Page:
April 30, 2019
Audience: Executive Leadership, Shelter/Rescue Staff & Volunteers, Veterinary Team
Organization: Austin Pets Alive!
Investigator(s): Ellen Jefferson
Grant Amount: $16,000.00
Project Type: Phase 1
Project Status: Research Complete
This study evaluated Austin Pets Alive!'s (APA!) model of care and adoption of FeLV-positive cats (FeLV cats) and assessed the experiences of their adopters. Results showed that 90% of the FeLV-positive cats remain alive 12 months after adoption and the average age of surviving cats is 3.32 years thus far, exceeding the commonly industry-cited 2-3 year lifespan for FeLV cats. The majority (65%) of FeLV cat adopters felt that APA!'s education about FeLV was very helpful. Almost all (99%) FeLV cat adopters were happy with their cats, and 80% would be very likely to adopt a FeLV cat again.
To collect data about APA!'s FeLV cats, including: cat health and age at intake and/or diagnosis, length of stay, presence of concurrent conditions, demographics of adopters, treatments, characteristics of progression of disease, and survival time; and, to survey adopters of FeLV cats, regarding their expectations, experiences and satisfaction, at the time of adoption, and at 6 months and 12 months following adoption.
In Part 1, 100 cats that entered APA!'s program over a 12-month period were to be assessed over the course of 12 months. Diagnosis of the 100 study cats was performed, basic demographics of the tested FeLV cats were documented, such as the average age of FeLV cats at time of intake and concurrent health condition. Part 2 of the study collected information about expectations and overall experiences of adopters of FeLV cats via surveys at the time of adoption, 6 and 12 months post-adoption, or when the cat became deceased. The survey also tracked cat survival time and aimed to quantify the satisfaction of the adoption experience, perceived health of the adopted cat, and desire to adopt another FeLV cat. Their experience was compared to that of a control group of surveyed FeLV-negative cat adopters. Surveys were tracked through the cat's shelter ID#. (Though originally proposed, the study was not able to include a survey of the occurrence of disease post-adoption, nor a survey at 24 months post-adoption.)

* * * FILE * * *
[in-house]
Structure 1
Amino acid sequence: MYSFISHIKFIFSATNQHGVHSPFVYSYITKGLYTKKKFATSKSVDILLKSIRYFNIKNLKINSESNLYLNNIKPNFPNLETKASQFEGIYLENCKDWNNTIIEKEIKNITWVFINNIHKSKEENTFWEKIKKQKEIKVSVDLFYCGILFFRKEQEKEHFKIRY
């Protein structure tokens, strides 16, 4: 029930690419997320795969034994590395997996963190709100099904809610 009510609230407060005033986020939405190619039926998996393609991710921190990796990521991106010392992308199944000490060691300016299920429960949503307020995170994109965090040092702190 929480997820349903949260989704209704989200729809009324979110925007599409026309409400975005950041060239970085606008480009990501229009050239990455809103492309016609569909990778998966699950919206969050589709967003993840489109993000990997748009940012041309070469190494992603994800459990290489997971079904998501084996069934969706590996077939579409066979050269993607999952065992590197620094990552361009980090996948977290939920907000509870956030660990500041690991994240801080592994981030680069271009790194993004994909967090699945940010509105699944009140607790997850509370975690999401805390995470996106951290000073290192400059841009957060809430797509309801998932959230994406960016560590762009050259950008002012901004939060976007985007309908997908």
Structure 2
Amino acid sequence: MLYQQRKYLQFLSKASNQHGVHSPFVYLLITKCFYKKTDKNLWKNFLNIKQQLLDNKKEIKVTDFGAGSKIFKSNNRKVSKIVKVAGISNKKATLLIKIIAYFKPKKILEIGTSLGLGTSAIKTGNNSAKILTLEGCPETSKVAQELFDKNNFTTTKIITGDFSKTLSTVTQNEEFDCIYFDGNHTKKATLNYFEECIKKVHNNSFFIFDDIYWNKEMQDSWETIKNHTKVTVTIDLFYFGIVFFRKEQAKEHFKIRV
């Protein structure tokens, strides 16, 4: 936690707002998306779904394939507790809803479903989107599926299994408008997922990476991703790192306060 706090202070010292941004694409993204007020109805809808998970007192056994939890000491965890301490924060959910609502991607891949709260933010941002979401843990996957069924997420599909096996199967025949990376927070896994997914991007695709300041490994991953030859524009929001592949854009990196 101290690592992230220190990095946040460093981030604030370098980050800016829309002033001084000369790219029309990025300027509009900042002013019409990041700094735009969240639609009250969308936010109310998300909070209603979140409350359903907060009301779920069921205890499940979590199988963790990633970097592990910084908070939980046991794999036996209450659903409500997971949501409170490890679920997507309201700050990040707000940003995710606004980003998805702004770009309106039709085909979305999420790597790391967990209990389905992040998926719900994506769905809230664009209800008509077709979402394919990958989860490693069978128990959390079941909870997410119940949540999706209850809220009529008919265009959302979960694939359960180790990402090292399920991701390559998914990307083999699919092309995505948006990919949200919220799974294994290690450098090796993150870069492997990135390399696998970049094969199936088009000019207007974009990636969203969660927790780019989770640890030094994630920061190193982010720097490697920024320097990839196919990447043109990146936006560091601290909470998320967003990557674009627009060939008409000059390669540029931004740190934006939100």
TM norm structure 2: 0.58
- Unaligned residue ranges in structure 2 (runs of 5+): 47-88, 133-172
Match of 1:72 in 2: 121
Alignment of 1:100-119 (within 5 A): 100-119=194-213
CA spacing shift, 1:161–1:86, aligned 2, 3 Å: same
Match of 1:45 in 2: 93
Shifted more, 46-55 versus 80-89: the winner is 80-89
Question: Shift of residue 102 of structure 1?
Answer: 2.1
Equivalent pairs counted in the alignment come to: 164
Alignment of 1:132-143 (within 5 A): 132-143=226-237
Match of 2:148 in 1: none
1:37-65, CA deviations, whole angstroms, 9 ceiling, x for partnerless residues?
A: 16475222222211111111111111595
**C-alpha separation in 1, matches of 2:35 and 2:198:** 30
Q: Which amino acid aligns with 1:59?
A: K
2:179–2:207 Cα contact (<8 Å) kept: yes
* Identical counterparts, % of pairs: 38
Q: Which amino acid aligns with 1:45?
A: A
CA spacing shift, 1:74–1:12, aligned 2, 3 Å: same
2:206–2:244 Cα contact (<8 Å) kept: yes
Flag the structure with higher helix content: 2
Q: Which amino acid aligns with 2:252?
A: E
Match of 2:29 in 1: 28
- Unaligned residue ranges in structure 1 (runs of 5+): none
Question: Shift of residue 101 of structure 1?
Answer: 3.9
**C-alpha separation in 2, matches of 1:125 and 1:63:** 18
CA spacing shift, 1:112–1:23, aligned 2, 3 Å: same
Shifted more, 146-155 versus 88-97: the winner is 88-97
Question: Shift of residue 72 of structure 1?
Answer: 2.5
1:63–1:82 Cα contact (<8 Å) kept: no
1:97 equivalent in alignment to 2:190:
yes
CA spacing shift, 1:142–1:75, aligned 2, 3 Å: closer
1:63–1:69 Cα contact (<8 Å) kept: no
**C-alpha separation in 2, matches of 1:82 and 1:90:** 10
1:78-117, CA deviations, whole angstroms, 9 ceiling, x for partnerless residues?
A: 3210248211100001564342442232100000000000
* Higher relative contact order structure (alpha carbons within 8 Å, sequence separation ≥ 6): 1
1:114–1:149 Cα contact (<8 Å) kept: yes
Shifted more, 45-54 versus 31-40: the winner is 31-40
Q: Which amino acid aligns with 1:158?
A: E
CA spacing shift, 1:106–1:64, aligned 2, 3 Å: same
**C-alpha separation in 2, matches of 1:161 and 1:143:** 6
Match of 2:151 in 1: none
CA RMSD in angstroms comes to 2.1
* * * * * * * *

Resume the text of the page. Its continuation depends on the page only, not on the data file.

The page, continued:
- Average age of cat at intake was 1.20 years; average current age of the surviving cats is 39.89 months (3.32 years) at the time the report was submitted.
- Average length of stay for study cats was 88 days.
- All but 10 of the 100 study cats remain alive 12 months post-adoption. Deceased cats averaged a lifespan of 469.1 days. Of the ten cats known to be deceased, the leading cause of death was feline infectious peritonitis (5 cats), followed by lymphoma (2 cats), anorexia (2 cats), and anemia (1 cat). These leading causes of death (FIP, lymphoma and anemia) match data seen in the greater FeLV cat population at APA!).
- The first survey conducted at adoption showed that 68% of the respondents that adopted FeLV cats did not plan on adopting a FeLV cat before coming to APA!, but that only 7% felt concerned about living with a FeLV cat. The majority (65%) of FeLV cat adopters felt that APA!'s education about FeLV was very helpful.
- The second survey at conducted at 6 months post-adoption showed that 99% of adopters were happy with their FeLV cats and 80% would be very likely to adopt a FeLV cat again.
- The third survey conducted at 12 months post-adoption showed no significant differences with regard to satisfaction and attachment between the group of adopters of FeLV cats and the control group, with both groups rating happiness and attachment to their cats as very high.
This data supports observed success of APA!'s model and can be crucial to the welfare of FeLV cats in shelters. The lifesaving rate was 90% and the average lifespan for surviving cats was longer than their expectancy. Despite an overall shorter lifespan, the survey responses indicate that adopters of FeLV cats report high satisfaction with their decision. The impact of adoption on the adopter's life had an equally positive effect in both groups. These results encourage shelters to place FeLV cats for adoption and provide educational opportunities for their adopters when possible.